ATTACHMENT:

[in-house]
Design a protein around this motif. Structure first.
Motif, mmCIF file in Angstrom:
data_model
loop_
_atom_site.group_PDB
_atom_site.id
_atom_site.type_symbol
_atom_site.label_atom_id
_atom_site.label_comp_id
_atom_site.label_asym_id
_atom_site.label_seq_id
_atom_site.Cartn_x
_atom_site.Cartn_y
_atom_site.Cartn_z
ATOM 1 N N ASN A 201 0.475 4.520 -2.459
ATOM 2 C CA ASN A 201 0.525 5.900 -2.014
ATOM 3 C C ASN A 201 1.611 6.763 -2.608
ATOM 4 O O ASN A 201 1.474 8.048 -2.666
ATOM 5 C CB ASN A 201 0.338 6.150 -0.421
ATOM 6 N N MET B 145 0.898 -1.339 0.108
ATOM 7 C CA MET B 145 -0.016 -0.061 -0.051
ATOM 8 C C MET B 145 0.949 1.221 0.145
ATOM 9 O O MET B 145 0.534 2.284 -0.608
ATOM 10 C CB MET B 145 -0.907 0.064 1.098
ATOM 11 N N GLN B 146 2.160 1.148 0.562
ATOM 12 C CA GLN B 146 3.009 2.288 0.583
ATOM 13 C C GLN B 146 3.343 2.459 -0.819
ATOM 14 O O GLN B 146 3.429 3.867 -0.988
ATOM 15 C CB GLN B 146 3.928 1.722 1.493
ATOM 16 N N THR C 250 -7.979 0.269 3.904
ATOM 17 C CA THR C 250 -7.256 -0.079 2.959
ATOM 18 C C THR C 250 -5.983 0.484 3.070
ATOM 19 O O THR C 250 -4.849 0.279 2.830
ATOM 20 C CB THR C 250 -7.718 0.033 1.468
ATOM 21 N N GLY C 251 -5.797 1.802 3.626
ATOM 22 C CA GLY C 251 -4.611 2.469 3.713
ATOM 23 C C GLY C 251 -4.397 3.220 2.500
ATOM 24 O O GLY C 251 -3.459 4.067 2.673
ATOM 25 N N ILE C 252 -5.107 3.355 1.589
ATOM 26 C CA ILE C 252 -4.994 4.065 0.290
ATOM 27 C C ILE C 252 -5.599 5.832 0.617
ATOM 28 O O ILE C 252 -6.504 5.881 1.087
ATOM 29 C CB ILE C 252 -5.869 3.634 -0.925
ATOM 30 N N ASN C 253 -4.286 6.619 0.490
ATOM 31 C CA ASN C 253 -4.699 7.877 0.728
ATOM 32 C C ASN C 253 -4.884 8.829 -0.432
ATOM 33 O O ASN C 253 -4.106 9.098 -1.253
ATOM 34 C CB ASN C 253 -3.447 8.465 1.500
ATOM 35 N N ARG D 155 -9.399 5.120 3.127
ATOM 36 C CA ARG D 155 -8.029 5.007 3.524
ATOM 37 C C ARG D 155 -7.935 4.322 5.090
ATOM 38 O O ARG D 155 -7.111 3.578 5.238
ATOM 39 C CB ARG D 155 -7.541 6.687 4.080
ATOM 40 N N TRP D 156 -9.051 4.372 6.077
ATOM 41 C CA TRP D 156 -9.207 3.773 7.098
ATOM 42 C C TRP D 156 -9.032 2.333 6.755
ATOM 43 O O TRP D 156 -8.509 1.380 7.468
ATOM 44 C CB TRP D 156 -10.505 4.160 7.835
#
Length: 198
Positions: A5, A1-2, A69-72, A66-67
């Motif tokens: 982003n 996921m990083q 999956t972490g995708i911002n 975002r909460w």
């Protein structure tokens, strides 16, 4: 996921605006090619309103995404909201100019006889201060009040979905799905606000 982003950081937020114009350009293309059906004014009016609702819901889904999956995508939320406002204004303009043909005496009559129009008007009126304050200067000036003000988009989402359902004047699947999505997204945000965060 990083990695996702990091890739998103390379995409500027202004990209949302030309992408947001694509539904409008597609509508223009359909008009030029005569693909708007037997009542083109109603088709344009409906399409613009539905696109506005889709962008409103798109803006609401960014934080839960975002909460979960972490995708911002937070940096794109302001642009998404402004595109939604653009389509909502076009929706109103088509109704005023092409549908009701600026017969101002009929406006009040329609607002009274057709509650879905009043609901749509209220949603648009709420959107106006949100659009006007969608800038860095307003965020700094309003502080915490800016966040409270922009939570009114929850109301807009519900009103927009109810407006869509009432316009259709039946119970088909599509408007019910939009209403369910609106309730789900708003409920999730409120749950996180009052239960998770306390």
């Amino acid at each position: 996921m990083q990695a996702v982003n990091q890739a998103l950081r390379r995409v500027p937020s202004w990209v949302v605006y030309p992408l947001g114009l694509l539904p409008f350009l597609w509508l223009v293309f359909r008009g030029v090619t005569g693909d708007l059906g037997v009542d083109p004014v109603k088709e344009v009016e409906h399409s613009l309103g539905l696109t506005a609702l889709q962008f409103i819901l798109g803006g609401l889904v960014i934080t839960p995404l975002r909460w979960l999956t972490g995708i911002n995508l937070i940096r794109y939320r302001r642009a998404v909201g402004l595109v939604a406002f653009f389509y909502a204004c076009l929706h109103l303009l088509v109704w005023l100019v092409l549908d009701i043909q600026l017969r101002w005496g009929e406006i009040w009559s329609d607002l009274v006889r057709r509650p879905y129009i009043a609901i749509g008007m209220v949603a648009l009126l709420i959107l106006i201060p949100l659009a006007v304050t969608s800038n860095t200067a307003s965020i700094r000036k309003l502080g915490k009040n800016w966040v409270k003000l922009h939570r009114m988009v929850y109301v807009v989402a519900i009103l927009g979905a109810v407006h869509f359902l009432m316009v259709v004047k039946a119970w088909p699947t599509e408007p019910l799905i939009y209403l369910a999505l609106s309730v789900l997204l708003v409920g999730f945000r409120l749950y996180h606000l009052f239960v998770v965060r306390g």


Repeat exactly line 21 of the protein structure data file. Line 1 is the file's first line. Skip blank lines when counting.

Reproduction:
ATOM 6 N N MET B 145 0.898 -1.339 0.108